As the cease-fire becomes more fragile in eastern Ukraine, a team of volunteer body collectors travels to the small village of Savur Mohyla in the what pro-Russian separatists call the Donetsk Peoples Republic - to retrieve bodies of fallen Ukrainian servicemen from rebel-held territories. Adam Bailes traveled with the team and has this report.
Video

Video Xenophobic Violence Sweeps South Africa

South Africa, long a haven for African immigrants, has been experiencing the worst xenophobic violence in years, with at least five people killed and hundreds displaced in recent weeks. From Johannesburg, VOA’s Anita Powell brings us this report.
Video

Video Sierra Leone President Koroma Bemoans Ebola Impact on Economy

In an interview with VOA's Shaka Ssali on Wednesday, President Ernest Koroma said the outbreak undermined his government’s efforts to boost and restructure the economy after years of civil war.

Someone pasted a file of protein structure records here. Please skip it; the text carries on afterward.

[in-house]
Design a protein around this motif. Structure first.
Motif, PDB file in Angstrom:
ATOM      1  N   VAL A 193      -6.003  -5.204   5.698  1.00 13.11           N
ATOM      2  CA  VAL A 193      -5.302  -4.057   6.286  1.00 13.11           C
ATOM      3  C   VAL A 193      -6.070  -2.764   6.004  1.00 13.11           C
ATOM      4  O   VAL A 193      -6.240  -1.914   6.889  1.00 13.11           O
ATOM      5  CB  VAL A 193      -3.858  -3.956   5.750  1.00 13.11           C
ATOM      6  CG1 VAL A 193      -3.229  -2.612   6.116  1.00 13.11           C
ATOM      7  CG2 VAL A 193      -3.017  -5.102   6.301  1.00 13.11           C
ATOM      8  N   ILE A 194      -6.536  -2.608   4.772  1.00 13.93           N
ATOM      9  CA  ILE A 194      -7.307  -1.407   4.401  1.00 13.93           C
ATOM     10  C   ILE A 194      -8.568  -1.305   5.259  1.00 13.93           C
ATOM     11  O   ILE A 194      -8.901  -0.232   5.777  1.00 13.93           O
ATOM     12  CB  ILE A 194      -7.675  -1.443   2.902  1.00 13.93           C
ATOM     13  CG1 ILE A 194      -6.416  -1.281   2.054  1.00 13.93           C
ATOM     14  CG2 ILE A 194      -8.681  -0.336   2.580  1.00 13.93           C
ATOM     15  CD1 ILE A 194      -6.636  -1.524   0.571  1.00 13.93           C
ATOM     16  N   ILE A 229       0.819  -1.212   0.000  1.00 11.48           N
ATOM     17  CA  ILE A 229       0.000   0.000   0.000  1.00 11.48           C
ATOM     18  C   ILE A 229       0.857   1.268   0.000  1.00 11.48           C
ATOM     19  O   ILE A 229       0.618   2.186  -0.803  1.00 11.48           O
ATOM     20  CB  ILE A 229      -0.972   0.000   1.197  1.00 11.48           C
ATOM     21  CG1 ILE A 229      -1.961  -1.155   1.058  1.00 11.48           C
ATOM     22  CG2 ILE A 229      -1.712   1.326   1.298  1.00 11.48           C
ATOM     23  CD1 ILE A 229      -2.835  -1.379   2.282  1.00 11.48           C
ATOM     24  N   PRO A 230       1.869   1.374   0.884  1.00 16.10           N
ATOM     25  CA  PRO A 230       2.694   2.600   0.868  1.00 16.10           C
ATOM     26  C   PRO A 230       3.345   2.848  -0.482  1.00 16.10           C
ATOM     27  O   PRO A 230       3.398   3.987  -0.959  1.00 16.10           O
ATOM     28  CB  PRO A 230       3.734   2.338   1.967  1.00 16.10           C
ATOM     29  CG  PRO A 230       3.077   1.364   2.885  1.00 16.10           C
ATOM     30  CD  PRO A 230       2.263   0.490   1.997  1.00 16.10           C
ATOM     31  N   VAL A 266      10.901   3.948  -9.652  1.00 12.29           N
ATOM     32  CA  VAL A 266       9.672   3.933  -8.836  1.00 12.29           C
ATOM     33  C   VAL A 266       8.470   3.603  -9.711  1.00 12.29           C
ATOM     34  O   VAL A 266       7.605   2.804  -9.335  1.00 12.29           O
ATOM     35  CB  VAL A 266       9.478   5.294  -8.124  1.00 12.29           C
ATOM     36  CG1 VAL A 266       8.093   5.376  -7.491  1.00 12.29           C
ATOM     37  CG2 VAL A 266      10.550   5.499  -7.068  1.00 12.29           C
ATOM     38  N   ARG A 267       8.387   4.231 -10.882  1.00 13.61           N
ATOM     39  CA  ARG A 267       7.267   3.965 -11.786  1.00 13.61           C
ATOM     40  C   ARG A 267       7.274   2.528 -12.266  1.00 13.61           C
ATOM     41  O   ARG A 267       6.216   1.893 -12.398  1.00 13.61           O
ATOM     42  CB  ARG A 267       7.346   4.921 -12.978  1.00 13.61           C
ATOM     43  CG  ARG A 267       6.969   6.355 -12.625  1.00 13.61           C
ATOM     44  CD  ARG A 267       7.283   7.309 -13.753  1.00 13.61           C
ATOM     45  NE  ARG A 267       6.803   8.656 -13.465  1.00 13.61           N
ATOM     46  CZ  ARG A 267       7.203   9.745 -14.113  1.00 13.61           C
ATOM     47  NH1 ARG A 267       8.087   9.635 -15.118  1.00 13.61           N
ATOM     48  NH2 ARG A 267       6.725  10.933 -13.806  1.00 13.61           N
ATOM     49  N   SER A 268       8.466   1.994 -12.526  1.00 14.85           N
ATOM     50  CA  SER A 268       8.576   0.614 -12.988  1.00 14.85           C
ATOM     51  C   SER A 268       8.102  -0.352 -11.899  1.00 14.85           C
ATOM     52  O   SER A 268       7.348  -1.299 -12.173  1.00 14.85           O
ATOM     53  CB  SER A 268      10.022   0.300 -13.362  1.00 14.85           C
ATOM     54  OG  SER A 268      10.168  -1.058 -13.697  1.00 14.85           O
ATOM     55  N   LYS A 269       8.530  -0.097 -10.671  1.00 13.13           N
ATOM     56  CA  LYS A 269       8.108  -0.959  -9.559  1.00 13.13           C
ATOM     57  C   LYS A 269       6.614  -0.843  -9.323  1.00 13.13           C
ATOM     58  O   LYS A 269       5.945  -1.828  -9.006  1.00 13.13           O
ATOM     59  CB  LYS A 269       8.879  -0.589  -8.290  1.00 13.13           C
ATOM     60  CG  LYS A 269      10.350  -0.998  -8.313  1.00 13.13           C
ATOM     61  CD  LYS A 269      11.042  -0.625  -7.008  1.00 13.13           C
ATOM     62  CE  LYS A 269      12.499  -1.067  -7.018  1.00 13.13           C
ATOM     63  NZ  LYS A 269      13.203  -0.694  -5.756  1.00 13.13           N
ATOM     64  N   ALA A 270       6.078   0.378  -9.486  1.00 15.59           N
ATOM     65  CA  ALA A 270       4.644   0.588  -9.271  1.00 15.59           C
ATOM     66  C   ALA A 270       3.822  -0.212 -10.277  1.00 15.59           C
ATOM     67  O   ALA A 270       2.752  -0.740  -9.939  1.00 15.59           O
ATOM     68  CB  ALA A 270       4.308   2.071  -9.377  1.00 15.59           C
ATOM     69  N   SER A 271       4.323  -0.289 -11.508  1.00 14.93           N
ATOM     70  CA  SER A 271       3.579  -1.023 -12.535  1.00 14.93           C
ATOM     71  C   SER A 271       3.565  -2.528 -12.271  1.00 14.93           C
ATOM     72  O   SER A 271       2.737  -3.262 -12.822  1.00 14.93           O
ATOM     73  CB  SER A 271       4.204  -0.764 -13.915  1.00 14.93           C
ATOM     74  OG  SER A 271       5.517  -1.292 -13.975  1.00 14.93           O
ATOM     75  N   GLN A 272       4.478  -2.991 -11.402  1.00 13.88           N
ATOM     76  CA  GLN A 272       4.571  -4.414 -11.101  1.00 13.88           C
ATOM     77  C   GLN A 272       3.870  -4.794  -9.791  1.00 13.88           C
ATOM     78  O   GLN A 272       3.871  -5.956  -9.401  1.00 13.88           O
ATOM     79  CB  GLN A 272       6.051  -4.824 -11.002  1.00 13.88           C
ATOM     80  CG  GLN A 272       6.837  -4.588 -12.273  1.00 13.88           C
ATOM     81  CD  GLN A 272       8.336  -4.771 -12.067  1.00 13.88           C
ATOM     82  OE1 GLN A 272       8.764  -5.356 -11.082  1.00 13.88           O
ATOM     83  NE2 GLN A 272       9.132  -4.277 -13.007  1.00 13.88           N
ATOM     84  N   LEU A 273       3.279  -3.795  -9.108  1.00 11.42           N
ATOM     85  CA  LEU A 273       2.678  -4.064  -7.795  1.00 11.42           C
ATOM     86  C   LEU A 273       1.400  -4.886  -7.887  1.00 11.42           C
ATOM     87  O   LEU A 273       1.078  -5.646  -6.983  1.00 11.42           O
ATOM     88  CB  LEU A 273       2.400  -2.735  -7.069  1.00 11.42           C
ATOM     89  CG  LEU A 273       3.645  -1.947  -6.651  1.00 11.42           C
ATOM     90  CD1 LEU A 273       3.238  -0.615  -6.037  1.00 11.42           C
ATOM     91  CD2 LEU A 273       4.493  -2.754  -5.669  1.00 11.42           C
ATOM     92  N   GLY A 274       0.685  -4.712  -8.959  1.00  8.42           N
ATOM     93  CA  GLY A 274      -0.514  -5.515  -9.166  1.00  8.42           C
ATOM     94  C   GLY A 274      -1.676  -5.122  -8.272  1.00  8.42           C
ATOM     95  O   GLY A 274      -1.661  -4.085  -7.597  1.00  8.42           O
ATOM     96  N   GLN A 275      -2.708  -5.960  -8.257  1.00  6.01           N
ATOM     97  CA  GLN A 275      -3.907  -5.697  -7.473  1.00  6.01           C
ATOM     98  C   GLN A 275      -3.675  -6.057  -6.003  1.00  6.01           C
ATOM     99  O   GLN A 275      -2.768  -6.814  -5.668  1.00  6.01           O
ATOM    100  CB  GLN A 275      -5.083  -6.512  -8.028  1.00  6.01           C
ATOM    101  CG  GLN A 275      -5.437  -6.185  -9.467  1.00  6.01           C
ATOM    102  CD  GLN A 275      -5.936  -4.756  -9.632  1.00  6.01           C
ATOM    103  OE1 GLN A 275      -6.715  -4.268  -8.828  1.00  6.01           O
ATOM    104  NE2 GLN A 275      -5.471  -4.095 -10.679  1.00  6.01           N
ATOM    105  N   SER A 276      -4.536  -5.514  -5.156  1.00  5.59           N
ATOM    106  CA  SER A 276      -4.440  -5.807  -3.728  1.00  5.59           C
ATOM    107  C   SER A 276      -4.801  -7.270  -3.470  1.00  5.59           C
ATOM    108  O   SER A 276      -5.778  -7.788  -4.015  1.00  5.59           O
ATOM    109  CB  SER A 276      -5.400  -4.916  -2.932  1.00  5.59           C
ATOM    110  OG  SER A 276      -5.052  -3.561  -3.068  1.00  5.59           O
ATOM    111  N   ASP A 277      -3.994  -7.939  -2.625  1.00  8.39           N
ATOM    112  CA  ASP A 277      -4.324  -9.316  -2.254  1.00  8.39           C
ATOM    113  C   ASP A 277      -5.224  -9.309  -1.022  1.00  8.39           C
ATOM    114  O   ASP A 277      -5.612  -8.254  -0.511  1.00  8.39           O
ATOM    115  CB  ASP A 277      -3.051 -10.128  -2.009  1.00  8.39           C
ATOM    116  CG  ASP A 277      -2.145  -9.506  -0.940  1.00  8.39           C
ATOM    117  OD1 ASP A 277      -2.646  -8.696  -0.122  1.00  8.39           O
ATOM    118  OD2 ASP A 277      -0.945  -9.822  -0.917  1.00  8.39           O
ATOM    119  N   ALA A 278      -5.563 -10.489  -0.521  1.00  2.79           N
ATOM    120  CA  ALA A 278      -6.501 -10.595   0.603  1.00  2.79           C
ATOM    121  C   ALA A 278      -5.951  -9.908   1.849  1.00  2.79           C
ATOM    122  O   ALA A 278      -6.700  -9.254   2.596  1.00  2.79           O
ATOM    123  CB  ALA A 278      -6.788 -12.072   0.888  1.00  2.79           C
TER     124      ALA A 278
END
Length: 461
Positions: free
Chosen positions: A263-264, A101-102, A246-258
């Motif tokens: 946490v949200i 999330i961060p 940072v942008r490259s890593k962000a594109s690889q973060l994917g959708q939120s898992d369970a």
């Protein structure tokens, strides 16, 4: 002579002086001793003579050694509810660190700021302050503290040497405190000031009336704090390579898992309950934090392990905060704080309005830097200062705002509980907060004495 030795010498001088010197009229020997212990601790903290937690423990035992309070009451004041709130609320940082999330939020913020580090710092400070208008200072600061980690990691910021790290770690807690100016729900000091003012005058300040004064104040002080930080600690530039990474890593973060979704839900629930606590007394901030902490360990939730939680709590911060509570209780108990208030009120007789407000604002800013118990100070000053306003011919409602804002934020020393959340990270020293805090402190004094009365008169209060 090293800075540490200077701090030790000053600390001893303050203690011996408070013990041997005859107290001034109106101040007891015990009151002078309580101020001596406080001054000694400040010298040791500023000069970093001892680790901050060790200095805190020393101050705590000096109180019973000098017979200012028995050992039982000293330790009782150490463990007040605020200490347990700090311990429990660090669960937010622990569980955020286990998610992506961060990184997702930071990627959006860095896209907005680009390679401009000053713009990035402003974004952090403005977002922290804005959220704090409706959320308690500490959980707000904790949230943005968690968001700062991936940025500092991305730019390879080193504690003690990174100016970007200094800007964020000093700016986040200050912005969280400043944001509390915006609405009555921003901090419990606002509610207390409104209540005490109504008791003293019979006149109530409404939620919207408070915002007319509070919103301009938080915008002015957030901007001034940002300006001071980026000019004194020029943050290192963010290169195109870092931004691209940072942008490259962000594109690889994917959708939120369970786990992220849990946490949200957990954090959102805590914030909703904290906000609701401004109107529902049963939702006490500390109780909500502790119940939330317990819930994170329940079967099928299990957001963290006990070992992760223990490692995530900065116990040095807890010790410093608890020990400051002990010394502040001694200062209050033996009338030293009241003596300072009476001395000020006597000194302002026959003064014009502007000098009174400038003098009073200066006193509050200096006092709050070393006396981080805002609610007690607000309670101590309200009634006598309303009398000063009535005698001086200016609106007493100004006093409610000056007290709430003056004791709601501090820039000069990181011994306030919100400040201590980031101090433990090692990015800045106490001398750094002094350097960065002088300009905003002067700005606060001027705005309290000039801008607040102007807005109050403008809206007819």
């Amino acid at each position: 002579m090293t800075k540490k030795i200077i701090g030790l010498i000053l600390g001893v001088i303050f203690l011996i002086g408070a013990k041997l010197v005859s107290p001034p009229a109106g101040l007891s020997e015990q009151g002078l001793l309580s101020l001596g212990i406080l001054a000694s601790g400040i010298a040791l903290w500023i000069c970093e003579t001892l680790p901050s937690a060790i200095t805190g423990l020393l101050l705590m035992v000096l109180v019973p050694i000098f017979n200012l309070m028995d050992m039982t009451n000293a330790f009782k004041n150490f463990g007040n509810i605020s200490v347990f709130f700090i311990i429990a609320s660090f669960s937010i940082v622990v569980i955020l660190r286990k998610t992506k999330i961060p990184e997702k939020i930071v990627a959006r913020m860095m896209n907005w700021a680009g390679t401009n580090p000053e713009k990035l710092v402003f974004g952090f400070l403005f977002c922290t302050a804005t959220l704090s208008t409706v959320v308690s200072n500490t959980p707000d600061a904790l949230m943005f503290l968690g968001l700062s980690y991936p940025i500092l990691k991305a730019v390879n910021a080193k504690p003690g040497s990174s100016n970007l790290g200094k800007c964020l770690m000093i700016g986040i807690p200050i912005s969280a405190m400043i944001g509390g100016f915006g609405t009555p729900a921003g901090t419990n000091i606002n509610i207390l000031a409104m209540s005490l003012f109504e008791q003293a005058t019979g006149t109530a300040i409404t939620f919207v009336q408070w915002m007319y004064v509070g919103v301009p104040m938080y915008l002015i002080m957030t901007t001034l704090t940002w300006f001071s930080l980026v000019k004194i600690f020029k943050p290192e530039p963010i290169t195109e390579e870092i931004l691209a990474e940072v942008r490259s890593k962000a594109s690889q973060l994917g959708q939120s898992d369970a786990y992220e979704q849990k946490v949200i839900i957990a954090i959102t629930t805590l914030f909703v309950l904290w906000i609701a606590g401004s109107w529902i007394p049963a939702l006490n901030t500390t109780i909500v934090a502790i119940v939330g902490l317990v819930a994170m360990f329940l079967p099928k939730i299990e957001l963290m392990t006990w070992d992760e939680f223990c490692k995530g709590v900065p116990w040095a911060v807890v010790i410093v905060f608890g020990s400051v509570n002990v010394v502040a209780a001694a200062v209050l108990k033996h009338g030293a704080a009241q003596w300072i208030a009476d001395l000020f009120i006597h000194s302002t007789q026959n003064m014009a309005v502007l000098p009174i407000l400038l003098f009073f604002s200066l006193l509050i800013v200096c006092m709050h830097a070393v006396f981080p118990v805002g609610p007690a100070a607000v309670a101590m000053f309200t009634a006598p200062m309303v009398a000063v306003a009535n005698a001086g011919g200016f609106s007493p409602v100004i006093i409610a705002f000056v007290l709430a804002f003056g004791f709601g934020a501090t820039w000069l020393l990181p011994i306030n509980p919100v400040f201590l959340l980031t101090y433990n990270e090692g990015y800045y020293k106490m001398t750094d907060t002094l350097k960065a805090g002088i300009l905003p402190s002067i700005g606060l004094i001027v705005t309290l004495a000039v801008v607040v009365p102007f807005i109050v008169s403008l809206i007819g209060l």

Video

Video Protester Lands Gyrocopter on Capitol Lawn

A 61-year-old mailman from Florida landed a small aircraft on the Capitol lawn in Washington to bring attention to campaign finance reform and what he says is government corruption. Wednesday's incident was one in a string of security breaches on U.S. government property. Zlatica Hoke reports the gyrocopter landing violated a no-fly zone.
Video

Video Apollo 13, NASA's 'Successful Failure,' Remembered

The Apollo 13 mission in 1970 was supposed to be NASA's third manned trip to the moon, but it became much more. On the flight's 45th anniversary, astronauts and flight directors gathered at Chicago's Adler Planetarium to talk about how the aborted mission changed manned spaceflight and continues to influence space exploration today. VOA’s Kane Farabaugh reports.
Video

Video Badly Burned Ukrainian Boy Bravely Fights Back

A 9-year-old Ukrainian boy has returned to his native country after intensive treatment in the United States for life-threatening burns. Volodia Bubela, burned in a house fire almost a year ago, battled back at a Boston hospital, impressing doctors with his bravery. Faith Lapidus narrates this report from VOA's Tetiana Kharchenko.
Video

Video US Maternity Leave Benefits Much Less Than Many Countries